Keighran's award was very late in coming as the recommendation from his CO and countersigned by the Australian commander in Afghanistan was lost in the paperwork and it was only the efforts of those who served with him on that fateful day who started to question what was happening that it was discovered that it has been lost. So the process was started all over again.

The final sections of the book are devoted to how he was informed he could be awarded the VC (it is optional), the extremely limited time he had to consider the option (seconds), the ceremony, the white-washing of his family background and highs and lows that followed. At the time there were 3 other VC awardees, Keith Payne VC, (why someone hasn't written that man's biography I will never understand), Mark Donaldson VC and Ben Roberts-Thompson VC, all of who wrote or spoke to Keighran to warn him of what was to come.

This is not a book if you want the heat of action described but it is a description of what happens when an ordinary man finds himself in an extraordinary position and what happens after. Well with reading.

View attachment 516813
Excellent summary - I'll seek it out to read. But, please note it is Ben Roberts-Smith VC, if you'll excuse me being pedantic.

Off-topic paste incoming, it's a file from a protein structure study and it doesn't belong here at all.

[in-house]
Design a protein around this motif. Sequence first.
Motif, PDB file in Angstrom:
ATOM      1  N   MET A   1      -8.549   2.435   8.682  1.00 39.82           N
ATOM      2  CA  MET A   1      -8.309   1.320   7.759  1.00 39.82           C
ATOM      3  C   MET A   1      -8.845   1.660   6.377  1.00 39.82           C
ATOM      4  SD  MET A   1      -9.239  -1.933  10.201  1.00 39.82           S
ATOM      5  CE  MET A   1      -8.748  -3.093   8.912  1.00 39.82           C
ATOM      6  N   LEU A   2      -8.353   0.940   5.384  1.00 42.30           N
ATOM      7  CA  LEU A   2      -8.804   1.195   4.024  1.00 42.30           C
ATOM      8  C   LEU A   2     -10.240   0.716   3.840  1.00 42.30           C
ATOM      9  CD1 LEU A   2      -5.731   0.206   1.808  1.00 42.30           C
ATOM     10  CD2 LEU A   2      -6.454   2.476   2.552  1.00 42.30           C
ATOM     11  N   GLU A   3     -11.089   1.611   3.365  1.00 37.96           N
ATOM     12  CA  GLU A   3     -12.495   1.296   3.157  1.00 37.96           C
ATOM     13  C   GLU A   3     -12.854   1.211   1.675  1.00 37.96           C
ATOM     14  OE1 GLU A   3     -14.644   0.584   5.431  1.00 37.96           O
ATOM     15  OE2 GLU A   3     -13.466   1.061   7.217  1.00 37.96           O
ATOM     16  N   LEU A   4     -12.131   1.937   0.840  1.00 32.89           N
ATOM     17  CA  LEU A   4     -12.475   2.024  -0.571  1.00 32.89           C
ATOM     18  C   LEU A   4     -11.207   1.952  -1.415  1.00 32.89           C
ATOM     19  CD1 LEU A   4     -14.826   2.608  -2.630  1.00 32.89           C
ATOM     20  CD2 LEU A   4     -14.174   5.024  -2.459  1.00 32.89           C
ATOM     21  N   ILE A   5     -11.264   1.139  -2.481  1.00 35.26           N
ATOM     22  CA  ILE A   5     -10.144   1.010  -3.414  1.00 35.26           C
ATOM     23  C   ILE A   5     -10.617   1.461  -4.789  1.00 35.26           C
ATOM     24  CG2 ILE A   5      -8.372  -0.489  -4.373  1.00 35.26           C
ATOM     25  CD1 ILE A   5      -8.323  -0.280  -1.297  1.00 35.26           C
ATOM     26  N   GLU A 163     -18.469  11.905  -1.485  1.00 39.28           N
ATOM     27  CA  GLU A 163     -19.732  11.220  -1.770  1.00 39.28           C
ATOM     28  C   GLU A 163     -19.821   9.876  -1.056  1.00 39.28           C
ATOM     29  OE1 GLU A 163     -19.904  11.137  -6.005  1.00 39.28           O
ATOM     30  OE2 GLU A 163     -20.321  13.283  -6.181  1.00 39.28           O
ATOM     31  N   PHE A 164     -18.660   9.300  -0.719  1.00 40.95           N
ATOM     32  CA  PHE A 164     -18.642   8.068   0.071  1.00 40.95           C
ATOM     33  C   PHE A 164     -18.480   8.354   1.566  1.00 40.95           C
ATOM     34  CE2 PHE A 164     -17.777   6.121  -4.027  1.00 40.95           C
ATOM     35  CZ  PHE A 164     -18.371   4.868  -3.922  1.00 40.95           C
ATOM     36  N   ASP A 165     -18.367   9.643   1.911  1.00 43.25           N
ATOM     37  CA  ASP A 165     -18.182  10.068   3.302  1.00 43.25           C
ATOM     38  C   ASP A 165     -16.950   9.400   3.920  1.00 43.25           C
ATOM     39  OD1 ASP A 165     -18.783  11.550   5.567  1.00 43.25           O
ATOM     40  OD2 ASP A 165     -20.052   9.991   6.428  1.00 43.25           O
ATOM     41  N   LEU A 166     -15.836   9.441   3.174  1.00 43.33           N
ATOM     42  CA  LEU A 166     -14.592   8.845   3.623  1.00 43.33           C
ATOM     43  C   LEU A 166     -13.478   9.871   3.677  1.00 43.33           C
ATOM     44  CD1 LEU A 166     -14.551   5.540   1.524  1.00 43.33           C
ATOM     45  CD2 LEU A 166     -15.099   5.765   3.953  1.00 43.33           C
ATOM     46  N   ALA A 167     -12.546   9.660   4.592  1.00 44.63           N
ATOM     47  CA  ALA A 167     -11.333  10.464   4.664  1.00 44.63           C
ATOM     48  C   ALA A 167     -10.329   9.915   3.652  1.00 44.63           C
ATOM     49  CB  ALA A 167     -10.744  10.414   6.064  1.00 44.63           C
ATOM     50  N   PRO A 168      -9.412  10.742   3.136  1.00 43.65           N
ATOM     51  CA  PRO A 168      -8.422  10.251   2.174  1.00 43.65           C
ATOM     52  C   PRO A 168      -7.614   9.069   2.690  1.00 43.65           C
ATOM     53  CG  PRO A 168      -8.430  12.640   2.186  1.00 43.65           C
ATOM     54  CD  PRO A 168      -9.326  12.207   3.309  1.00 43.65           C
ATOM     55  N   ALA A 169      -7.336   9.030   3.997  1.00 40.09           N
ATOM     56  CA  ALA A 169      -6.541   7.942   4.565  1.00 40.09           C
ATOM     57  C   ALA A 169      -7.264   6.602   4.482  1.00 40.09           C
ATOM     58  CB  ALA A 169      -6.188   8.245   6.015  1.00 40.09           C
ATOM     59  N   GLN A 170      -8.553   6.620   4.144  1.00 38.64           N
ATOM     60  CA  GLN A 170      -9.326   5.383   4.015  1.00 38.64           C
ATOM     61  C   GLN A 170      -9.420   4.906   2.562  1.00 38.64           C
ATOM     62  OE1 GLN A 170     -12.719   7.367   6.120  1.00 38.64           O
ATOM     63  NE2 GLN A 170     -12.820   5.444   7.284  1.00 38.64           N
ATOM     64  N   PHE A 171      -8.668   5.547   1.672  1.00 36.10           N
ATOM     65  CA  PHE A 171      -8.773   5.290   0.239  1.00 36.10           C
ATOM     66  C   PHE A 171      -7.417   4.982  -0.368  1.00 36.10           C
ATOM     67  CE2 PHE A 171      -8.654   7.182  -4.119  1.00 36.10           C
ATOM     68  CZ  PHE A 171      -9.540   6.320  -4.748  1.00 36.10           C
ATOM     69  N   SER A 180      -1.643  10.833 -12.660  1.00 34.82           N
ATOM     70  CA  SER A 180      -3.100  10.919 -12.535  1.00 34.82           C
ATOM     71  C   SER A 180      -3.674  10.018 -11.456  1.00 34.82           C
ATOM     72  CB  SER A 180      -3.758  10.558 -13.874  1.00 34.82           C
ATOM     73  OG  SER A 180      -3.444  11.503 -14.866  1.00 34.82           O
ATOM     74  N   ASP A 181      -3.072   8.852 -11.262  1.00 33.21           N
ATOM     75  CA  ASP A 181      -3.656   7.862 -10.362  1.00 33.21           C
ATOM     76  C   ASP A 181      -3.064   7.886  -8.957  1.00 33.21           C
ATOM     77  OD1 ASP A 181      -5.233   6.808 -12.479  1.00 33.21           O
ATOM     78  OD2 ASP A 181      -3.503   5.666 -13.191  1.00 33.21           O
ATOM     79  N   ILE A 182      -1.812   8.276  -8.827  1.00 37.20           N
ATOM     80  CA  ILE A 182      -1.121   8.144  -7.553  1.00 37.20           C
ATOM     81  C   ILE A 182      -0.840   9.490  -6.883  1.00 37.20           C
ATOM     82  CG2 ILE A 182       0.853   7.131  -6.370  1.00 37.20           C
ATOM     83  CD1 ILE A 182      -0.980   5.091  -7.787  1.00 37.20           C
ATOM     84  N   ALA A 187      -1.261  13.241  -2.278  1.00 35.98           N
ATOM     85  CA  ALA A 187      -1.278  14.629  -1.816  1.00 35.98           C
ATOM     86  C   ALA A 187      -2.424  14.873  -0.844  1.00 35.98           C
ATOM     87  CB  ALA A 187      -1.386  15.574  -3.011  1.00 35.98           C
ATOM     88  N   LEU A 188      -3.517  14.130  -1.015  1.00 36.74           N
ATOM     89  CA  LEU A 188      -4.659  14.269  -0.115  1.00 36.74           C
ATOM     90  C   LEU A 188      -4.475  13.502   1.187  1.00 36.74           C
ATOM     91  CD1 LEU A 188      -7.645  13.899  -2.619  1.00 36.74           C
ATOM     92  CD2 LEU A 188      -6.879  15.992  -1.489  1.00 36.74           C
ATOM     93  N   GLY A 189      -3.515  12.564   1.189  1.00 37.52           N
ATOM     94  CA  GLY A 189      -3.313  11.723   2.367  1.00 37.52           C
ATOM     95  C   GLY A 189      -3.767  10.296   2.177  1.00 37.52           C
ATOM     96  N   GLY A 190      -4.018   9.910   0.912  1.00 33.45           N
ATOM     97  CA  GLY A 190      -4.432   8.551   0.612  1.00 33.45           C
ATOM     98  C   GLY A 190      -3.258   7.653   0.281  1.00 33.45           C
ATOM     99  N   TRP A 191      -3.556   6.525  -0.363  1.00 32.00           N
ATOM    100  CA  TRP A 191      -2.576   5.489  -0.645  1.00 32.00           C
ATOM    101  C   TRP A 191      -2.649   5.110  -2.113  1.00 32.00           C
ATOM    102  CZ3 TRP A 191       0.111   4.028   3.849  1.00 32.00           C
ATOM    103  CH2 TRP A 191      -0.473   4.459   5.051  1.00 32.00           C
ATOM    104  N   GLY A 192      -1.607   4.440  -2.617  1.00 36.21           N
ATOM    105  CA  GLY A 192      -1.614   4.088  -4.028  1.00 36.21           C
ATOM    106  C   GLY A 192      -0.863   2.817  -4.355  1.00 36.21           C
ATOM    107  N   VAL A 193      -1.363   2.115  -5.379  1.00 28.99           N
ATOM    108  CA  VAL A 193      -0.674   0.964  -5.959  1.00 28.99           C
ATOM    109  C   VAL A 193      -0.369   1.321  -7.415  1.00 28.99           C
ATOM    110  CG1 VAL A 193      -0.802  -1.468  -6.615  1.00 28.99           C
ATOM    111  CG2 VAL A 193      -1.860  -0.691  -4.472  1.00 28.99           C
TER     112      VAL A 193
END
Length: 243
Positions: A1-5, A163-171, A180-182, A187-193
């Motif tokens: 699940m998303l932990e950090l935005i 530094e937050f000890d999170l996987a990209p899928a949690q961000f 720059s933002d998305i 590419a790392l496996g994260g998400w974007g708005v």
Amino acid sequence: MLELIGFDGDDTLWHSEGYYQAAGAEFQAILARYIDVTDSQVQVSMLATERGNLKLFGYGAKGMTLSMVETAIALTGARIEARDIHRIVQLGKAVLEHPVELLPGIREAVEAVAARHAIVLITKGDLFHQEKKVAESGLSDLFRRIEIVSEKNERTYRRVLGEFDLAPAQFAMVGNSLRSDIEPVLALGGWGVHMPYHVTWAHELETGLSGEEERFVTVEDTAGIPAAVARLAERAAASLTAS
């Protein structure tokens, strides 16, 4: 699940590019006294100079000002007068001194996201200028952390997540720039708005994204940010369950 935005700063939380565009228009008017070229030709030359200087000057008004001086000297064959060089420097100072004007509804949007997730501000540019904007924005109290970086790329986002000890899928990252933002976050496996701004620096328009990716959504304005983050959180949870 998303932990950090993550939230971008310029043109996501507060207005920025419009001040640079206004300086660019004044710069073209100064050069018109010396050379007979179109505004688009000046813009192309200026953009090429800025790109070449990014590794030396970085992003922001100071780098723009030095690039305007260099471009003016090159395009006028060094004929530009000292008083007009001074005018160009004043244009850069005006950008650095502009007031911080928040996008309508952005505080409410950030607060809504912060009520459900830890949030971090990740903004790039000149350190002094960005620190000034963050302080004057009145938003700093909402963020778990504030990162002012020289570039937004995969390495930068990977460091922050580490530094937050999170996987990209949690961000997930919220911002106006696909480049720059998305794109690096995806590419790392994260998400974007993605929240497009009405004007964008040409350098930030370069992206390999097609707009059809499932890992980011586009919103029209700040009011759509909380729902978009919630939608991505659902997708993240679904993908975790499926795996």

Excellent summary - I'll seek it out to read. But, please note it is Ben Roberts-Smith VC, if you'll excuse me being pedantic.

Thank you - I have edited my post and later will give myself a right bollocking.

A slip of the finger due to my knowing a someone called Roberts-Thompson.
 
I finished Philip Kerr's Prussian Blue last night, his Bernie Gunther series just get better with each volume. Sadly only two to go.

Tonight I start this:

skin-deep-135.jpg


I'm reading the eBook, not listening to the audiobook, though.

Synopsis:
The Simeon Grist private-eye novels by 2011 Edgar and Macavity Award nominee Timothy Hallinan have become cult favorites, and here is the one that started it all.

For a fee so big he can’t turn it down, Simeon Grist is hired to watchdog the kind of guy he’d usually prefer to throw through the nearest window. Toby Vane is the golden boy of prime-time television, whose gee-whiz smile and chiseled features mask a dark secret that would take the shine off for his millions of adoring female fans: every now and then he beats up a woman, and almost any woman will do. When some of the women around Toby begin to turn up dead, Simeon has to figure out whether he’s protecting a murderer—or whether one of Toby’s multitude of enemies wants to put him away forever. And when Simeon meets the beautiful Nana, the whole situation becomes very personal, very fast.